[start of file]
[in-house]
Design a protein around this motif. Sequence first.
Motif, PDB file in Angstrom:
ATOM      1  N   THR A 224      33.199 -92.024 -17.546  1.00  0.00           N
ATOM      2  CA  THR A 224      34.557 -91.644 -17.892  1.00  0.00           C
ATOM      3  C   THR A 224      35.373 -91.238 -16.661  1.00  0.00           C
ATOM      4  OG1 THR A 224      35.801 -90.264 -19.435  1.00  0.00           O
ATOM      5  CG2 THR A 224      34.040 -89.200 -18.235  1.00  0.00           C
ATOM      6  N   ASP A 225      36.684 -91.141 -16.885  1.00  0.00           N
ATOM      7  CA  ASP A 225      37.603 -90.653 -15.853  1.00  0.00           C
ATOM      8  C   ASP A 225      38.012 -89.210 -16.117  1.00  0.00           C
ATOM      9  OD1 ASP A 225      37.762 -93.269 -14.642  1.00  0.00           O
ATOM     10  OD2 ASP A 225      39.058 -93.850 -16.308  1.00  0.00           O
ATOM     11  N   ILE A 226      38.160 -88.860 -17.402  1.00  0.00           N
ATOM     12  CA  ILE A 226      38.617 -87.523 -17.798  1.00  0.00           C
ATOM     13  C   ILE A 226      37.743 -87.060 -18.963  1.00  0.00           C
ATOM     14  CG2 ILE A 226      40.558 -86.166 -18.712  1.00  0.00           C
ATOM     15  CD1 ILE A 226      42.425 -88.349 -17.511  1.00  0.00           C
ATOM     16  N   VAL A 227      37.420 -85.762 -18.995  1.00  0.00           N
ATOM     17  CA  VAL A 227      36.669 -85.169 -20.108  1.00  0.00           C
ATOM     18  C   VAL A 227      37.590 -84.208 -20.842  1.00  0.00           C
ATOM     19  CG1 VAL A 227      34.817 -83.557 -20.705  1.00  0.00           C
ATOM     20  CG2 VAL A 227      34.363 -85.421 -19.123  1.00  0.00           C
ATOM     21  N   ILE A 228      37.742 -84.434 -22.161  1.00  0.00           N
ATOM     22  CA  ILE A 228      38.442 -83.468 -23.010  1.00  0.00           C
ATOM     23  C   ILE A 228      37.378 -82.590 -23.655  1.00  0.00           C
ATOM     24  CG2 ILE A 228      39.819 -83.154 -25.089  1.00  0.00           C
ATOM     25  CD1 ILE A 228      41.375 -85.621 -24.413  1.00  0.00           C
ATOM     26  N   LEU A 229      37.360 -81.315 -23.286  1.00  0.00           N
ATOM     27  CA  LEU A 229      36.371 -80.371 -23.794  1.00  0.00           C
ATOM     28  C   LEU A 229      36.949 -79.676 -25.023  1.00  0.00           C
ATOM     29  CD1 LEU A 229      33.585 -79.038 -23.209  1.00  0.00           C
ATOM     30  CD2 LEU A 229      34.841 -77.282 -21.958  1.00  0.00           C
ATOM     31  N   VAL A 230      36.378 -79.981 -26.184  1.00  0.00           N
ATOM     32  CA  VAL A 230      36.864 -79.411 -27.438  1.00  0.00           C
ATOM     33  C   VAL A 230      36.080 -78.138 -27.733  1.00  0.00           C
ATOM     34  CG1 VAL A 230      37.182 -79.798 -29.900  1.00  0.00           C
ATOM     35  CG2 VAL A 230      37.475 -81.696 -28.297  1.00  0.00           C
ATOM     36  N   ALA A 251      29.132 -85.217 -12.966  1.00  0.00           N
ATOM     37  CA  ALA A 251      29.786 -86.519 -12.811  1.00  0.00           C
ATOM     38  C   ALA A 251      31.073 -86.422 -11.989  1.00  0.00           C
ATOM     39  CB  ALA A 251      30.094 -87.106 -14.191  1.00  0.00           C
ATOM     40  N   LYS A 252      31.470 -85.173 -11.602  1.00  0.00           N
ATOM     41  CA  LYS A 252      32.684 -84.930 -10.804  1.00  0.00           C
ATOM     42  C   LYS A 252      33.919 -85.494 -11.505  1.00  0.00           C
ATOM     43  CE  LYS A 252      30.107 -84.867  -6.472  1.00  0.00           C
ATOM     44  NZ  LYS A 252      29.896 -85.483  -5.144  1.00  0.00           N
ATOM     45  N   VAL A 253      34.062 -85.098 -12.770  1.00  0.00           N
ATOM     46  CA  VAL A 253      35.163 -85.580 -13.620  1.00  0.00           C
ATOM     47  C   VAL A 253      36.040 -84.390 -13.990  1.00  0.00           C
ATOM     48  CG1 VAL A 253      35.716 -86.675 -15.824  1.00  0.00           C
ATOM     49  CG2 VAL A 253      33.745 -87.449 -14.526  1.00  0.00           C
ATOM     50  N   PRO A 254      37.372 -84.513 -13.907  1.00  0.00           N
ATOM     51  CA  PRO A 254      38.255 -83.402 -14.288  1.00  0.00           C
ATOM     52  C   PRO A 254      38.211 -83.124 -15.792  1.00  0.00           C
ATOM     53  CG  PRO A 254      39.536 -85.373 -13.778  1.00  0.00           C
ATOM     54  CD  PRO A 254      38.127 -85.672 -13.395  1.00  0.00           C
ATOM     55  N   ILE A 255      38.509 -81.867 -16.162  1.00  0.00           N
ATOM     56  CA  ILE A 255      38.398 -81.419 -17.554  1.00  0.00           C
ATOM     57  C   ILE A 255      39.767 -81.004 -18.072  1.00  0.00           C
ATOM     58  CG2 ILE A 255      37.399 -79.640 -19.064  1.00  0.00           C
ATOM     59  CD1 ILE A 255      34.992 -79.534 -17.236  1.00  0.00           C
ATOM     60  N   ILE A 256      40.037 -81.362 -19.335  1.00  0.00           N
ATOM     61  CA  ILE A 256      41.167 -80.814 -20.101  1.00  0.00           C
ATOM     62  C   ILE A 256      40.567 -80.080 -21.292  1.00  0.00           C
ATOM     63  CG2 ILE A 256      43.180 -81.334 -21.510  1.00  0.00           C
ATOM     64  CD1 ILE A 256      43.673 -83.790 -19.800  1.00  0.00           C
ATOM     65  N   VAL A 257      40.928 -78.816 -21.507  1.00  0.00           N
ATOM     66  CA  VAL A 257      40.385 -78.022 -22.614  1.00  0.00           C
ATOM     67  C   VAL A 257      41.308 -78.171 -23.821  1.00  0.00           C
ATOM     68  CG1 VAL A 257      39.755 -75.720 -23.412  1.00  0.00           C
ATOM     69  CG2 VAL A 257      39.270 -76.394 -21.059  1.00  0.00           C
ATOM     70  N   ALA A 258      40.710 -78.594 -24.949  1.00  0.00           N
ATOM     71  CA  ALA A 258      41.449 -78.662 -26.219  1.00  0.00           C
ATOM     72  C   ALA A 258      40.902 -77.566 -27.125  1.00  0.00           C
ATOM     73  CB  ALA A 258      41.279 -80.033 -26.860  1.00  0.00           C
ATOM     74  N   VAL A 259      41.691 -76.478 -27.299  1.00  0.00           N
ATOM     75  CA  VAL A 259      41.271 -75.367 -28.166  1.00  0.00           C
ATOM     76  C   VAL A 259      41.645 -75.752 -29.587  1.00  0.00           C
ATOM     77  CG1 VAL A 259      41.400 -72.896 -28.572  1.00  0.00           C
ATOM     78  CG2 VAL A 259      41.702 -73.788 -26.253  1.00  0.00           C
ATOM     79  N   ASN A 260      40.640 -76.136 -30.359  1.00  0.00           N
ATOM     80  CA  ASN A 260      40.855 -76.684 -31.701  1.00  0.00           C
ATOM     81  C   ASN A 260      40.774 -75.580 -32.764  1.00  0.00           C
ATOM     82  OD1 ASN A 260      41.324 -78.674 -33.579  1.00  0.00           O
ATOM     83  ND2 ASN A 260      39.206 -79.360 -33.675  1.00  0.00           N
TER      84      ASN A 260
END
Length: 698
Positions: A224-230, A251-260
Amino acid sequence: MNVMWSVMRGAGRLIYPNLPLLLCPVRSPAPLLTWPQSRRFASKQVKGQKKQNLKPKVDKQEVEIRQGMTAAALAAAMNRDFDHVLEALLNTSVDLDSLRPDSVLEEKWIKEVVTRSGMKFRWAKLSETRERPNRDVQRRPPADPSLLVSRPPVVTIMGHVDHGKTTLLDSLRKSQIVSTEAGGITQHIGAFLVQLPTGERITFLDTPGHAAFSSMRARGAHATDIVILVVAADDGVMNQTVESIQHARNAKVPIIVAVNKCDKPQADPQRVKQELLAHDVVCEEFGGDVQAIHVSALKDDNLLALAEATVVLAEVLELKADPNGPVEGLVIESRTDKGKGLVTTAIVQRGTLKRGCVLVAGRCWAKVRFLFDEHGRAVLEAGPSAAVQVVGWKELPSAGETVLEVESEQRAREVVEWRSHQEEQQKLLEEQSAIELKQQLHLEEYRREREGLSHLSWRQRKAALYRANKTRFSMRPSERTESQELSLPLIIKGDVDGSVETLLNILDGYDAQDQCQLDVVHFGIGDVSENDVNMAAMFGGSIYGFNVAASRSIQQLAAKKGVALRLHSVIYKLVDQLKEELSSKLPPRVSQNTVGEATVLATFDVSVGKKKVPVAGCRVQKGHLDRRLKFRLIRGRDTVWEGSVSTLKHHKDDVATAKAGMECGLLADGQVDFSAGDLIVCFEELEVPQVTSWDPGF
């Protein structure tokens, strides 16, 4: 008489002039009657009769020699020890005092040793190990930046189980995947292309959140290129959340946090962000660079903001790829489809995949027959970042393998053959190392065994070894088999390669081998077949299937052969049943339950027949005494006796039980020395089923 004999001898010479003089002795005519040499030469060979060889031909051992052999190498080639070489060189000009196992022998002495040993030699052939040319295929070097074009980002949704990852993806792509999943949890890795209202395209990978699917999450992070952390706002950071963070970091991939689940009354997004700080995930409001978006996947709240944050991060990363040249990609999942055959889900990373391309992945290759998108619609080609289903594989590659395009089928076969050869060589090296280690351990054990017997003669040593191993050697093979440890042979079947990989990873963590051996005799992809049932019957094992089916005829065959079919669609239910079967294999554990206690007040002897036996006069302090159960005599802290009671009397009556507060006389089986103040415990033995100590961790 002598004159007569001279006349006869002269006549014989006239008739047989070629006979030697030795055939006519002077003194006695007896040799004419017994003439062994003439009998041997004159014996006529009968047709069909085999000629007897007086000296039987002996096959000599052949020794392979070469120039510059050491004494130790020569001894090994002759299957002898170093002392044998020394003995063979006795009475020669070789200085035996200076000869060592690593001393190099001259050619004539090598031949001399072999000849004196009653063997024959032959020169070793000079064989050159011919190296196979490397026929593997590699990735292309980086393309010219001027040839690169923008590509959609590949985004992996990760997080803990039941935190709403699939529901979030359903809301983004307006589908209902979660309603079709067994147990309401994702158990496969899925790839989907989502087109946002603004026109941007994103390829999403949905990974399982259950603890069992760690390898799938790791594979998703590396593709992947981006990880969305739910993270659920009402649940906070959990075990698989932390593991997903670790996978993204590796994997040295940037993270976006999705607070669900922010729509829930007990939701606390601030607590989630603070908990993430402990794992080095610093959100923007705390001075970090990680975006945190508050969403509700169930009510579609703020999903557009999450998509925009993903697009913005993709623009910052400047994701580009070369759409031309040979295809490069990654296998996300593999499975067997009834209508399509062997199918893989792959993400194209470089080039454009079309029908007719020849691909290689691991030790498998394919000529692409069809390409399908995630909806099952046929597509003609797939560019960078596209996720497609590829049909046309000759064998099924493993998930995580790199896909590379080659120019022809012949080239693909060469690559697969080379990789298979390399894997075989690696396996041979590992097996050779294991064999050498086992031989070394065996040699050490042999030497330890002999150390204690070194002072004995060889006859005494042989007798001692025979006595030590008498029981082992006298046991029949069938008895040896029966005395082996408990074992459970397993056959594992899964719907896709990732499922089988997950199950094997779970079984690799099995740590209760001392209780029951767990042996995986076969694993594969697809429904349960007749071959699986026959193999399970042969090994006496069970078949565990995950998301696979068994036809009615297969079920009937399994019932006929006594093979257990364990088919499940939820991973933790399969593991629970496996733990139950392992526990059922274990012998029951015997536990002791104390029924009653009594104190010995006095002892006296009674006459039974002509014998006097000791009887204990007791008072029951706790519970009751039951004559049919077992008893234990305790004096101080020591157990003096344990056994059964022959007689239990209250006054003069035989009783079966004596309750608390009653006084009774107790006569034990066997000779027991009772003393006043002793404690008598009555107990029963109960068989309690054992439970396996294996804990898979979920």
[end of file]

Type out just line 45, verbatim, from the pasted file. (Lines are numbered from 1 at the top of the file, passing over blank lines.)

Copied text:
ATOM     42  C   LYS A 252      33.919 -85.494 -11.505  1.00  0.00           C